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Once upon a time I was thought by more advanced web developers (gee, when was it again? ;)) that we should avoid managing multiple CSS files and stick to one per project. It helped to improve page load speed and avoid silly mistakes when dealing with a lot overlapping CSS rules.

My question is - is this approach still valid?

Argument about page load performance doesn't seem to hold that much nowadays with awesome broadband Internet and clever web browsers with even more awesome caching capabilities. CSS cascading can indeed be error prone, but just for inexperienced developer and having one CSS style sheet doesn't really make us bullet-proof.

I think that I would prefer to have a set of default style sheets neatly separated by components, then wire them up into one single rule by CSS @import. This would also allow me to include reset style sheet by default.

Anyone is with me?

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You answer is SASS/LESS. Developing in modules, productive use with one minified cacheable css-file. ANd all this completely automated. –  Christoph Jun 15 '12 at 9:03

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up vote 6 down vote accepted

It's not about bandwidth speed but number of http requests, this makes a lot of sense for a mobile connection.

However the approach of having different css files to keep the project modular is solid, as it helps you keeping your css organized the way you want it without having all the code in one file only. Then you can benefit of css preprocessors / minifiers to concatenate and compress all your css files in a single one for production.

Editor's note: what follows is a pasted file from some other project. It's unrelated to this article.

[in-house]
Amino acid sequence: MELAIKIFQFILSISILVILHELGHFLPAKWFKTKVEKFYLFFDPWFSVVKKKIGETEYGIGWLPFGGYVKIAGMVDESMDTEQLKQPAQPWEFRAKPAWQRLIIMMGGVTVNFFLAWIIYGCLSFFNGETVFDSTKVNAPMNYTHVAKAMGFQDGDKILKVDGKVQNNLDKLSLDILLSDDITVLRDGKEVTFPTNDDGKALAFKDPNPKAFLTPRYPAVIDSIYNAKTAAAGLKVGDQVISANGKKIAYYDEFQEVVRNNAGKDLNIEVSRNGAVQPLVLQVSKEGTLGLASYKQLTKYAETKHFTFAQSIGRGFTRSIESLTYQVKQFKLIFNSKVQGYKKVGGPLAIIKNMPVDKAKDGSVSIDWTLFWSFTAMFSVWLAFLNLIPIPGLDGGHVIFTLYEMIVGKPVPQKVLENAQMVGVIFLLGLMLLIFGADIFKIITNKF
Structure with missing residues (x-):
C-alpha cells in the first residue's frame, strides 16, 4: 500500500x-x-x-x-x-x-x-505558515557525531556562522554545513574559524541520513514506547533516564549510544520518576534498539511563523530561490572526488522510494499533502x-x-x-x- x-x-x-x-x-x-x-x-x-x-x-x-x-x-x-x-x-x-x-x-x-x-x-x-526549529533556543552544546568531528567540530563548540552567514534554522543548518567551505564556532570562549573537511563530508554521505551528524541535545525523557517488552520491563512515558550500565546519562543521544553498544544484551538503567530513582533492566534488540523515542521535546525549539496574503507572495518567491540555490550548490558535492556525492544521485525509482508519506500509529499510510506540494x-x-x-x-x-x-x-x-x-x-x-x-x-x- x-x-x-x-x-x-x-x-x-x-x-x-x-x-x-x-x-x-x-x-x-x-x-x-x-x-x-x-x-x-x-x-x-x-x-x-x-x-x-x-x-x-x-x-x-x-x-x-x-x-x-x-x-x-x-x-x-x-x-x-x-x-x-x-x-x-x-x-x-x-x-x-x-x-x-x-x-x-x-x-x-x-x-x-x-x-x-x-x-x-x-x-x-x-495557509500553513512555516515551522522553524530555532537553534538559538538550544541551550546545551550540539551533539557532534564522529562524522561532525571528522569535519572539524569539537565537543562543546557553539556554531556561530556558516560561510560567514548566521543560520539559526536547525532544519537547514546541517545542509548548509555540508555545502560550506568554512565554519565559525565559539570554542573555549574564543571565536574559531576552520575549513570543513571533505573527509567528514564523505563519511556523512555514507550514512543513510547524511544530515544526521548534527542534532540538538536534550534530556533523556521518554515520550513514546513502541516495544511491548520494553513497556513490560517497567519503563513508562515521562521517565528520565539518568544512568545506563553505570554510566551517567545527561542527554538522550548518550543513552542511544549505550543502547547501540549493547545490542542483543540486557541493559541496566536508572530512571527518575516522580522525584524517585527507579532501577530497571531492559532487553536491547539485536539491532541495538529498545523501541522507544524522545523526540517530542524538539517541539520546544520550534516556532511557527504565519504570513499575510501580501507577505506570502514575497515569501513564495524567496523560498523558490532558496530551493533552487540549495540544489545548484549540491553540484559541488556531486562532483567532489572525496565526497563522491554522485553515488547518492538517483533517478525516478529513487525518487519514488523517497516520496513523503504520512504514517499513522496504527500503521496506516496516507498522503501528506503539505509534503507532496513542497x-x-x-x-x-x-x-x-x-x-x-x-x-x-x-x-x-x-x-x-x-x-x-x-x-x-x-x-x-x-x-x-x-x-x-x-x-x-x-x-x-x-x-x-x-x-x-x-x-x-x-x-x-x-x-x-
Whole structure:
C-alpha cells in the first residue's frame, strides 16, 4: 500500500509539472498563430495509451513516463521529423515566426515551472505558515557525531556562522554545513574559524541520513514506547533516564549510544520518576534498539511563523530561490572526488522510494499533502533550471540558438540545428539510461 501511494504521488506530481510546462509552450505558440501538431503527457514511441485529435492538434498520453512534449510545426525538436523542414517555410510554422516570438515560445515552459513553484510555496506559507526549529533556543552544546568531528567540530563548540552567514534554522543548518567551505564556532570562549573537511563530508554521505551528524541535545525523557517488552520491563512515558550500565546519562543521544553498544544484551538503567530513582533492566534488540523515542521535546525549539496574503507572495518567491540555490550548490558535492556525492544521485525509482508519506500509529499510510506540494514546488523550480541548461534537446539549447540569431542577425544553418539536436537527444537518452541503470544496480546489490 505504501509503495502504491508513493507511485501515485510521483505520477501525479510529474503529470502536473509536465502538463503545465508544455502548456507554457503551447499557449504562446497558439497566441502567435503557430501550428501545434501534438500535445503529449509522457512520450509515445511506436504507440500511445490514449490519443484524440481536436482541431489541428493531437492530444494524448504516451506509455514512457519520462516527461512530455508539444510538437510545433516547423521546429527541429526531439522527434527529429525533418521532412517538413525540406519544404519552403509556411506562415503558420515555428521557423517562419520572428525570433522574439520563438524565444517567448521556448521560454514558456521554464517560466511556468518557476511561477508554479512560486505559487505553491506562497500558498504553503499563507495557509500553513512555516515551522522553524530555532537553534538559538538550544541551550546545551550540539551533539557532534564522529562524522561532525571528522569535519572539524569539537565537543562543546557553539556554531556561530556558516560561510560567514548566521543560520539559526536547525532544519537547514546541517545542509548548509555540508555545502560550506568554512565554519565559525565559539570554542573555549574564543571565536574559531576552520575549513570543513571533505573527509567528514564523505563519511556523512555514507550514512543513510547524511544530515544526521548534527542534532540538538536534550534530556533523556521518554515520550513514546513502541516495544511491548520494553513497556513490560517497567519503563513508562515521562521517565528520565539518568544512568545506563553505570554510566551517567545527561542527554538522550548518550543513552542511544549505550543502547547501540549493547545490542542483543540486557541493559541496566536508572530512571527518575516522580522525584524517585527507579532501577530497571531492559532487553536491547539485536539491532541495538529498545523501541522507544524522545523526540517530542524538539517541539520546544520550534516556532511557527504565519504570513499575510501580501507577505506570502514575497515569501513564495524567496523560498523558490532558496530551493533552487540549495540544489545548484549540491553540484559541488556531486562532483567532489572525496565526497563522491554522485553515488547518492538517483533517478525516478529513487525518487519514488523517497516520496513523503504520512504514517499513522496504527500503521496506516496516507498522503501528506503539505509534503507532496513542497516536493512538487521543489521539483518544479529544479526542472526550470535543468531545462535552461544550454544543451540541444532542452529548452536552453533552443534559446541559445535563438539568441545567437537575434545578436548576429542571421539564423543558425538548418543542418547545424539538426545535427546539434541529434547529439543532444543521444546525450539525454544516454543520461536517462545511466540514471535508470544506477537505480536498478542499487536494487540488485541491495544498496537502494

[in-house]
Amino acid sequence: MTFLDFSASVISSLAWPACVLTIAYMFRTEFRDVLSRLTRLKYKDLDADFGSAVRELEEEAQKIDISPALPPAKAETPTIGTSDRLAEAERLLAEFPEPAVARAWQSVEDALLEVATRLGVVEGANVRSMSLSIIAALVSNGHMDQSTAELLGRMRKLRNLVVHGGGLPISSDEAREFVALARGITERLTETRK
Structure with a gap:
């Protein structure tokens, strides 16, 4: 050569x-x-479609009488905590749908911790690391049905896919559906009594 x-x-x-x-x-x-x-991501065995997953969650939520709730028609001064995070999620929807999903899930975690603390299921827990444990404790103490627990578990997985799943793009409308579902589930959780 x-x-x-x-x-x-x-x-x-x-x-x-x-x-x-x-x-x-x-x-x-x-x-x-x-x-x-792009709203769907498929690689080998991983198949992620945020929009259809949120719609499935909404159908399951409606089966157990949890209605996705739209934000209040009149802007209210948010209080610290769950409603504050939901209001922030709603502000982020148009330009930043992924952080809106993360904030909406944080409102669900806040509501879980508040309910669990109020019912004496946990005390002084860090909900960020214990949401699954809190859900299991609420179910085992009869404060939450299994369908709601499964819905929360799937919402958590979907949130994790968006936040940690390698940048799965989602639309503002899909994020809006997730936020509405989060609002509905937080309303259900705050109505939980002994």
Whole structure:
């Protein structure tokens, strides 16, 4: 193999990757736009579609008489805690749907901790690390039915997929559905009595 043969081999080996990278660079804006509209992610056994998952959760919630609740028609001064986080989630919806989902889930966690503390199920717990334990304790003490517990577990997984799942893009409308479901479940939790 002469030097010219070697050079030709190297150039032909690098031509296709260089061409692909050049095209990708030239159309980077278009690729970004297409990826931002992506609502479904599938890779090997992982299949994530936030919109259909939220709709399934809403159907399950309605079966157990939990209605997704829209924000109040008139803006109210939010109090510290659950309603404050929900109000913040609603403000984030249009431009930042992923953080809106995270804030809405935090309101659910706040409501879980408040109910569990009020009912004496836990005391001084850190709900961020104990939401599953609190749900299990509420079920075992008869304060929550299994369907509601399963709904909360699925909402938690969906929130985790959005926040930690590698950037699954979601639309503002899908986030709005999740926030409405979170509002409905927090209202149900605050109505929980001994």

this article http://www.igvita.com/2012/06/14/debunking-responsive-css-performance-myths/

has a paragraph about mobile that explains well why this is a good practice:

you are much better off downloading all of the CSS content in one shot over the initial, warmed up connection. By doing so, you will also help the user extend their battery life. If there is one optimization to be made here then it is simply: concatenate and compress.

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I would add that the number of different http requests is also important server-side. For example Apache in his standard configuration creates a thread for each new request. –  maxdec Jun 15 '12 at 9:04
    
Mobile! Good tip, I think I missed that argument totally. –  ŁukaszBachman Jun 15 '12 at 9:04
    
good call @Double, +1 –  Luca Jun 15 '12 at 9:05

Yes, that approach is still valid. There are dozens of articles about load optimization out there, but the general idea is as follows

Less files = less http requests made to server = better load performance

Main thing that changed over time is that now there are many tools that support merging multiple files into single at runtime. So you have separate stylesheets for better organization, debugging at development time, and those tools merge, minify and set correct caching headers at production.

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I agree with you, I find no reason to keep only a single css sheet anymore, nowadays, I do exactly what you just stated, separation by component, along with lazy loading :) (php if statements etc).

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